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Pompeii in L.A.: After the Firestorm

What Remains: Scenes at the Oakridge Mobile Home Park, where even the street names were erased by fire. Cars left behind in driveways became smoldering shells and, here and there, random statues survived — a Bambi-cute deer, grayed by smoke, four lifesize smiling cats, an angelic little girl — reminders of the pride and charm of a neighborhood that disappeared overnight.

Ted SoquiWhat Remains: Scenes at the Oakridge Mobile Home Park, where even the street names were erased by fire. Cars left behind in driveways became smoldering shells and, here and there, random statues survived — a Bambi-cute deer, grayed by smoke, four lifesize smiling cats, an angelic little girl — reminders of the pride and charm of a neighborhood that disappeared overnight.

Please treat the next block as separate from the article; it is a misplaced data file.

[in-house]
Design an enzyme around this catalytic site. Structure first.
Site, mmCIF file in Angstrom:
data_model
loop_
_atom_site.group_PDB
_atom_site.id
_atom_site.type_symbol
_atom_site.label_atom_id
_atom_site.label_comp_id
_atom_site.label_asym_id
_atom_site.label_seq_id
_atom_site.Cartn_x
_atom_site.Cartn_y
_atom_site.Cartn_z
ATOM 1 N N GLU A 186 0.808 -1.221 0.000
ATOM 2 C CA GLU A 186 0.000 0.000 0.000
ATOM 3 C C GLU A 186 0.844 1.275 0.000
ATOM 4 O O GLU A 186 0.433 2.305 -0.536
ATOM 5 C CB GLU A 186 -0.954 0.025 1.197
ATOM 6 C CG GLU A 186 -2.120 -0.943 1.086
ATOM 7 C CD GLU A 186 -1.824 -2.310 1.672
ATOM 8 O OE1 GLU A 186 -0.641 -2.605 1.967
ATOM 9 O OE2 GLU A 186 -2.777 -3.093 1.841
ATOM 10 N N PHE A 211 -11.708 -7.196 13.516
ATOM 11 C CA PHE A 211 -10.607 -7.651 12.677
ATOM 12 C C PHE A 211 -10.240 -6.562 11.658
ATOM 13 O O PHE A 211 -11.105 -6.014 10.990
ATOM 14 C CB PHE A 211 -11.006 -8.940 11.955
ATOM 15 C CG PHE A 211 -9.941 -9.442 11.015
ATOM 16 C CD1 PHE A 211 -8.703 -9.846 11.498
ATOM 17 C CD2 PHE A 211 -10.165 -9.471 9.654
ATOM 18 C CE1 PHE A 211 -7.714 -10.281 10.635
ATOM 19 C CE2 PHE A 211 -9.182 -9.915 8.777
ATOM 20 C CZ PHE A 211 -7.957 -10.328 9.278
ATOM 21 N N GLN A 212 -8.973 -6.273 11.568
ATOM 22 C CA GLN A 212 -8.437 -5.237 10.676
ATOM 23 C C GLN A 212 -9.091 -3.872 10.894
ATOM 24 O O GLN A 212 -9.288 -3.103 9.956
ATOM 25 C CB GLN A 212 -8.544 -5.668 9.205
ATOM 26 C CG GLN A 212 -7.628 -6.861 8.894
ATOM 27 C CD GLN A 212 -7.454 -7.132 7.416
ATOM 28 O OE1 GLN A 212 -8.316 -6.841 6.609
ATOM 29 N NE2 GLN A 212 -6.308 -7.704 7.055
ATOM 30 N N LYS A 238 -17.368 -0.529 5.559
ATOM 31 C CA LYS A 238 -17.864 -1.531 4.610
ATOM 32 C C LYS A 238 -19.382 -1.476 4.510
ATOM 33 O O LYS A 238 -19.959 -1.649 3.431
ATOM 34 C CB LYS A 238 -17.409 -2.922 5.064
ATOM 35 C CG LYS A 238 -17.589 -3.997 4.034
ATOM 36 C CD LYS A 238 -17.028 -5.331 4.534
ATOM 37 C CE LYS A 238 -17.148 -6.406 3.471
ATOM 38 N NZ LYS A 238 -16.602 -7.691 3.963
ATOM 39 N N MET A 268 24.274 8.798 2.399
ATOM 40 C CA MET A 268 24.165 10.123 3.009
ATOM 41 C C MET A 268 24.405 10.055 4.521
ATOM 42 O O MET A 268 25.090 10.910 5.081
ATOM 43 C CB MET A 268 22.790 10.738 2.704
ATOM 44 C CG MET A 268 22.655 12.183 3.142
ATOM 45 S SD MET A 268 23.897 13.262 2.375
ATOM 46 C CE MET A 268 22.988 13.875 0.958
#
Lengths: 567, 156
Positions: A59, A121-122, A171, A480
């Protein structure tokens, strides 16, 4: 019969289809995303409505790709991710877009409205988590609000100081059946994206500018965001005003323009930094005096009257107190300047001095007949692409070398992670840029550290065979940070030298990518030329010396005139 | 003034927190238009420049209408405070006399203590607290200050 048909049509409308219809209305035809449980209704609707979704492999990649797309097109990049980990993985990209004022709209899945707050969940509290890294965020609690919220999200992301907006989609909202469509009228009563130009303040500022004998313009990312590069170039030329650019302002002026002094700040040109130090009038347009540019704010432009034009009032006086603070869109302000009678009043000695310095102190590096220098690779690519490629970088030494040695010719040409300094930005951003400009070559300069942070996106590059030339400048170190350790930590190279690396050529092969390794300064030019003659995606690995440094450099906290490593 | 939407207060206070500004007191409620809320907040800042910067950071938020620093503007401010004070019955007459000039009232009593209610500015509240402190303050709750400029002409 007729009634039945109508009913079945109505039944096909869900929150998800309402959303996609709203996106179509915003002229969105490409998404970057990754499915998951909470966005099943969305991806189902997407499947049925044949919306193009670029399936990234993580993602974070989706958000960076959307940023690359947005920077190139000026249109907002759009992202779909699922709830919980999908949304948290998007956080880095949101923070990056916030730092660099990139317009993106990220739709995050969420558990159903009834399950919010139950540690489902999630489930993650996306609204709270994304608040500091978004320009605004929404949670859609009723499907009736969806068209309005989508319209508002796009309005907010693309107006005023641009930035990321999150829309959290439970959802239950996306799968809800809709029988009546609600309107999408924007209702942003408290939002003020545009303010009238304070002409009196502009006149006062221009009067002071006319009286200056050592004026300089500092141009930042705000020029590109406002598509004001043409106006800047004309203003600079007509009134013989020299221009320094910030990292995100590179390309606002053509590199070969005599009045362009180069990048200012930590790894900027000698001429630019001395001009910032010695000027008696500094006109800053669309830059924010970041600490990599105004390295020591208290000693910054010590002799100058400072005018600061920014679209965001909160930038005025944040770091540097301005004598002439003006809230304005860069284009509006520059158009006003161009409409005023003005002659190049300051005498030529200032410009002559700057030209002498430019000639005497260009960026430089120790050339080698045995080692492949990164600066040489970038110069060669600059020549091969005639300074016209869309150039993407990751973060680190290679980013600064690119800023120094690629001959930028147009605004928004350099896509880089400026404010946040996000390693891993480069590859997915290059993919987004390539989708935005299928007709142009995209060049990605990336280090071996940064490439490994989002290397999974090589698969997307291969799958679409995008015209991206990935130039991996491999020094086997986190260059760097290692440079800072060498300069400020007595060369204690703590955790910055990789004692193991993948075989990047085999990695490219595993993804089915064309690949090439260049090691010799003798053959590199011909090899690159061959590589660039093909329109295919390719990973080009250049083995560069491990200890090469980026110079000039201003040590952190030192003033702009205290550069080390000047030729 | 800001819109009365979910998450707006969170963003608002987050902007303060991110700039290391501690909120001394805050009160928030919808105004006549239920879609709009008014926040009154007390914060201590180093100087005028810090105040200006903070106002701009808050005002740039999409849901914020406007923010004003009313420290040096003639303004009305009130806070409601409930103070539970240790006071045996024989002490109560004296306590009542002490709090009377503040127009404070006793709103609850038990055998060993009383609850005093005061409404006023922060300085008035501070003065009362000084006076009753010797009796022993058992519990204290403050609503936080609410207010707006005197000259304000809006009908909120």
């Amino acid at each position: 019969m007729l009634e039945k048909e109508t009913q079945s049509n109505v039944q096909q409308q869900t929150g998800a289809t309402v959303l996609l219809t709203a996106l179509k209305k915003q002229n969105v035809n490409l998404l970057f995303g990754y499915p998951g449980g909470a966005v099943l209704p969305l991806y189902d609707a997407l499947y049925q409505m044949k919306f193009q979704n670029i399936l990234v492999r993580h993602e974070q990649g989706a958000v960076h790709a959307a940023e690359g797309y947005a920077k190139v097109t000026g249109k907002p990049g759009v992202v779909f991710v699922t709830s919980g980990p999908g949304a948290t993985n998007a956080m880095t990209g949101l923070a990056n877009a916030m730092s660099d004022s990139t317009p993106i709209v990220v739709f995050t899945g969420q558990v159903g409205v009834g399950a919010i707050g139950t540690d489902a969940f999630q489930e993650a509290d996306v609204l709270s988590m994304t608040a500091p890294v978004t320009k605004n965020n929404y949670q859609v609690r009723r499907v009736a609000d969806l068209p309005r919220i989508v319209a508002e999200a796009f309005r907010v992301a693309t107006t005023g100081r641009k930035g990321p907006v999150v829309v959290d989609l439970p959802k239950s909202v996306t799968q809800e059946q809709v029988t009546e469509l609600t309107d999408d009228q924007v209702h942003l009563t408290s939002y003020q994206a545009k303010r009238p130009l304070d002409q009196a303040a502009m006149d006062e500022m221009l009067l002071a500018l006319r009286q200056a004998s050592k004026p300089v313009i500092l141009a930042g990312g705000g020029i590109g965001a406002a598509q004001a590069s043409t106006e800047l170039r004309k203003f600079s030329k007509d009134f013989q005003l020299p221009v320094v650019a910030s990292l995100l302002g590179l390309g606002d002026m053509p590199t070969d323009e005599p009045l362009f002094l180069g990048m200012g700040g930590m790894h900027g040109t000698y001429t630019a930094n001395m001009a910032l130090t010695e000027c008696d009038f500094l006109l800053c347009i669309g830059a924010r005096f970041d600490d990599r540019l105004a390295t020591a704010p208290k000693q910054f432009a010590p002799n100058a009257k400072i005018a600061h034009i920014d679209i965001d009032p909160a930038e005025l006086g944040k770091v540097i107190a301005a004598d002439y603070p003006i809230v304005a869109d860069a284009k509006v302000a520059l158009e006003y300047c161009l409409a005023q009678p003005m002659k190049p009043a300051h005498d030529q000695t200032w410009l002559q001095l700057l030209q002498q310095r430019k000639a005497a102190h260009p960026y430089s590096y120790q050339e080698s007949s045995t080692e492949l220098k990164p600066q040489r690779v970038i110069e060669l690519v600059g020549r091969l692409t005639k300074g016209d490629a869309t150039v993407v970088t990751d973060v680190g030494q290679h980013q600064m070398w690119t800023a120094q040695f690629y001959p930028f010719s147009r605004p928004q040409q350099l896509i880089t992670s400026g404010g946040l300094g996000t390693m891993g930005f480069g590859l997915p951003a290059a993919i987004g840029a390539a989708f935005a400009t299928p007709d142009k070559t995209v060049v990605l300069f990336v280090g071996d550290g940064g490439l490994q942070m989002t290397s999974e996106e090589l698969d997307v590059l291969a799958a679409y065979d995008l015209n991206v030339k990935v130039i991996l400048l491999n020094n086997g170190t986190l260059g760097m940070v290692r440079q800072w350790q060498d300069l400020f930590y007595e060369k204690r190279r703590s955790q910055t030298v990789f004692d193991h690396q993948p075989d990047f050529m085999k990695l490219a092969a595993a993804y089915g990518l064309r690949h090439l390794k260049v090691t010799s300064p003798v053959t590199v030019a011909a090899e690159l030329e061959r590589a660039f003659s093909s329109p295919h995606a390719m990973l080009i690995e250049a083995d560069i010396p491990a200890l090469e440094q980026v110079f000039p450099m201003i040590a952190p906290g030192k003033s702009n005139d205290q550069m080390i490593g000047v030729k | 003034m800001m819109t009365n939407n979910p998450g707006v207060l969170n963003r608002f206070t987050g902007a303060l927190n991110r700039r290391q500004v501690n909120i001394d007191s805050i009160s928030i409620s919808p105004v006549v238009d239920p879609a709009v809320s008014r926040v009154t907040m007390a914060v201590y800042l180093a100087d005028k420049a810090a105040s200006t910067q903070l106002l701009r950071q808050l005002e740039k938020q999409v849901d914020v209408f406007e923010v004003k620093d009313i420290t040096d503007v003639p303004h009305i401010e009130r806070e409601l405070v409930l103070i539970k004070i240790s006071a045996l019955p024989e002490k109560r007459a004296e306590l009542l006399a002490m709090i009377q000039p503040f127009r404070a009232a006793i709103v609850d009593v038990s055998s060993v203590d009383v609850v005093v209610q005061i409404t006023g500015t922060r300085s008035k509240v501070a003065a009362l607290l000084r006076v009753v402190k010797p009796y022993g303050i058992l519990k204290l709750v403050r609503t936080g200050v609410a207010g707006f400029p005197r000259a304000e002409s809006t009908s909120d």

What Remains: Scenes at the Oakridge Mobile Home Park, where even the street names were erased by fire. Cars left behind in driveways became smoldering shells and, here and there, random statues survived — a Bambi-cute deer, grayed by smoke, four lifesize smiling cats, an angelic little girl — reminders of the pride and charm of a neighborhood that disappeared overnight.